Although most families have not done their estate planning, many have, and many have established living trusts. The objectives in establishing a living trust are to avoid the high costs and hassles of a California probate and to provide an easy administration of the estate assets. Living trusts are great and will accomplish these objectives – if they are maintained.
Your estate will still go through probate, even if you have a living trust, if you have not transferred your assets to your living trust. We tell our clients to consider their living trust like a container. The trust will only control the assets that have been transferred to the container. If when you die, you left significant assets (real property, bank and investment accounts) outside the container, your loved ones may have to take your estate through probate. Probate is unwelcome to most families because it is expensive and generally takes at least a year in court.
Ask yourself these questions to confirm your assets are in your living trust.
1. Real Properties. Is your home and any other real properties you own titled in your living trust? The grant deed on the properties should show the trust as the owner. Your property tax bill should also show the trust as the owner.
Refinance Warning. If you’ve refinanced your house, the bank will most likely make you sign a deed transferring title from your living trust to your name. That is standard procedure. Make sure you sign another deed transferring title back to your living trust. Many people signed a deed transferring title of their house to their living trust when they set up their living trust, but a few years later refinanced and signed a deed transferring title from the trust to their own name. Without paying attention, their home is no longer titled in their trust. You should review the title on your house to make sure it is titled in your living trust.
2. Bank and Investment Accounts. Are your significant bank accounts and non-qualified investment accounts (non retirement plan accounts) titled in your living trust? We recommend our clients transfer all such accounts to their living trust, especially any accounts with a $10,000 or more.
3. Business Interests. If you own business interests (shares in a corporation, partnership interests, LLC interests), have you transferred title of those business interests to your living trust?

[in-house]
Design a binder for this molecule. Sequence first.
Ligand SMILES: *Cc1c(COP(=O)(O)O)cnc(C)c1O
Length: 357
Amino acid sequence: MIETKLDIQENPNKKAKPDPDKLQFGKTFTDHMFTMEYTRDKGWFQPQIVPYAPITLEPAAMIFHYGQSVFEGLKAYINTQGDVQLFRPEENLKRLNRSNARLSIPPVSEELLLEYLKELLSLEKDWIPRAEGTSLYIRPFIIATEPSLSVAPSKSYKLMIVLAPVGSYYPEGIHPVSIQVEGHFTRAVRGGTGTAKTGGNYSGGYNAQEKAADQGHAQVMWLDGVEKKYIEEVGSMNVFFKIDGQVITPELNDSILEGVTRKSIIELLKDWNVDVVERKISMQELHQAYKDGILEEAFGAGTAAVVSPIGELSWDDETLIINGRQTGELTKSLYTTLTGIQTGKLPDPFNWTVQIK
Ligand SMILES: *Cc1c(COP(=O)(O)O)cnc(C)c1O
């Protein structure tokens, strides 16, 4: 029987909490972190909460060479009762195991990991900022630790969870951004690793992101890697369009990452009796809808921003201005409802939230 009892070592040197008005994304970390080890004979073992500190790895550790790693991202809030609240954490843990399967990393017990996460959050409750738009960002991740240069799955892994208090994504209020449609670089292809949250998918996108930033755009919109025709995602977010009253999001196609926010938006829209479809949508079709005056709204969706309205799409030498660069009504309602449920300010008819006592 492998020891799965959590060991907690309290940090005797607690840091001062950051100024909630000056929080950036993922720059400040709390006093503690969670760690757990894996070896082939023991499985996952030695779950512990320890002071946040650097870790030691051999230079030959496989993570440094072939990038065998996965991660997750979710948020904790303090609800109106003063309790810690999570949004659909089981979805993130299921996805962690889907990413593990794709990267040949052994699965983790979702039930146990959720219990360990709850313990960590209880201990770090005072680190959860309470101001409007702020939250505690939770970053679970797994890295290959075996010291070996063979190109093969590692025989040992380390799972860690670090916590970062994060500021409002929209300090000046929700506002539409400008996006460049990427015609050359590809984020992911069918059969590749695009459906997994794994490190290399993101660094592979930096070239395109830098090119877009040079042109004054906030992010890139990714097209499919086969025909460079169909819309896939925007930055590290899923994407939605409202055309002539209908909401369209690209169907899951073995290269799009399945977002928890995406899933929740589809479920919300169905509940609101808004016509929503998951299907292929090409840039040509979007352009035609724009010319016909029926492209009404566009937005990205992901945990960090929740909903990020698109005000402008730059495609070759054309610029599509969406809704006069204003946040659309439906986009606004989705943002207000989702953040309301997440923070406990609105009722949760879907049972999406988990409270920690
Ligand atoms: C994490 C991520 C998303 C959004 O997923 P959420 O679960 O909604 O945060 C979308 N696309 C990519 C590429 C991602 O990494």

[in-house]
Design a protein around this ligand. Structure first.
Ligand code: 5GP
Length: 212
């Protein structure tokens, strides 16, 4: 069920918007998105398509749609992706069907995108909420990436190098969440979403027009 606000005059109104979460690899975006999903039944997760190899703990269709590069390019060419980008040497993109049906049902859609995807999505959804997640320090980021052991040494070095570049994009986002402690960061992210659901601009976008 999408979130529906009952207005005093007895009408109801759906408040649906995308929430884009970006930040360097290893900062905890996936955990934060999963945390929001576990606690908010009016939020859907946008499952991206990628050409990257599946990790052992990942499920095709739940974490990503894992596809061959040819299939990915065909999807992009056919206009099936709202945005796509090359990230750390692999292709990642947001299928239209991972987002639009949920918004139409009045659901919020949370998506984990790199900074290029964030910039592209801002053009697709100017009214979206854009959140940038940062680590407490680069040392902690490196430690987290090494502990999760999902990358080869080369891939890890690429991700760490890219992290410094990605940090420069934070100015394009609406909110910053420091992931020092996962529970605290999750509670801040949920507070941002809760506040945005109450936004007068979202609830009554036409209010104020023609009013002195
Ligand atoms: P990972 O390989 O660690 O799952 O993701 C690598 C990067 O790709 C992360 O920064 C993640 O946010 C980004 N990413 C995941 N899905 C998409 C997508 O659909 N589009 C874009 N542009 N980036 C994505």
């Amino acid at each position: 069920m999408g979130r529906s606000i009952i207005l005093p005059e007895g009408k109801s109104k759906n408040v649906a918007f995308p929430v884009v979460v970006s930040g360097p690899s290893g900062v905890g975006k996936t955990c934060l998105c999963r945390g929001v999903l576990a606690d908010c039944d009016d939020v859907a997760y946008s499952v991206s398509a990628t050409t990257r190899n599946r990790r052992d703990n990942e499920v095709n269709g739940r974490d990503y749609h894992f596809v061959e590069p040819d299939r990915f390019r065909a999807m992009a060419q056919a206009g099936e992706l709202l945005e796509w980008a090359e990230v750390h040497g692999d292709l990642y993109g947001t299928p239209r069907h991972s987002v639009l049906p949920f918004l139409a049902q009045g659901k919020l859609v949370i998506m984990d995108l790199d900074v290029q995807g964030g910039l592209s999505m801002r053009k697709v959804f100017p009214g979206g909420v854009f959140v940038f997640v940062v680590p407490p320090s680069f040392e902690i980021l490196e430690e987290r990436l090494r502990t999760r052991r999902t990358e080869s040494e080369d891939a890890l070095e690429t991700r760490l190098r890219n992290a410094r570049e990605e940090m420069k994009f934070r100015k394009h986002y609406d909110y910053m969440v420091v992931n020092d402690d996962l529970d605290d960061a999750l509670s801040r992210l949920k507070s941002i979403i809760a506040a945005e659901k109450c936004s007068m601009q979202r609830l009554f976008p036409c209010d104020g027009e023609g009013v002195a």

4. Retirement Plans. Retirement plans (IRAs, 401ks, 403bs, etc. ) will be distributed to the beneficiary you name on the retirement plan beneficiary form. Most people name their spouse first then either their children or their living trust second. If you name your living trust, make sure it includes provisions to qualify as a designated beneficiary. You should review your beneficiary designations. Make sure you have a second choice, and maybe even a third choice. If you don’t name a beneficiary, or your only beneficiary has died before you, the retirement plan contract will often require the proceeds go through probate.
5. Life Insurance. Like retirement plans, life insurance proceeds will be distributed to the beneficiary you name on the life insurance beneficiary form. Most people name their spouse or living trust as primary beneficiary. Make sure your beneficiary designations are up to date. If you have minor children and the death proceeds go to them, the insurance company will require probate. Better to name your living trust as beneficiary rather than your minor children.
This is a brief summary of the issues you should review every year to make sure your living trust will do what you want it to do. A living trust is not complicated, but it does require periodic review and updates. A living trust estate plan is like a car. It will work great if you do the regular maintenance.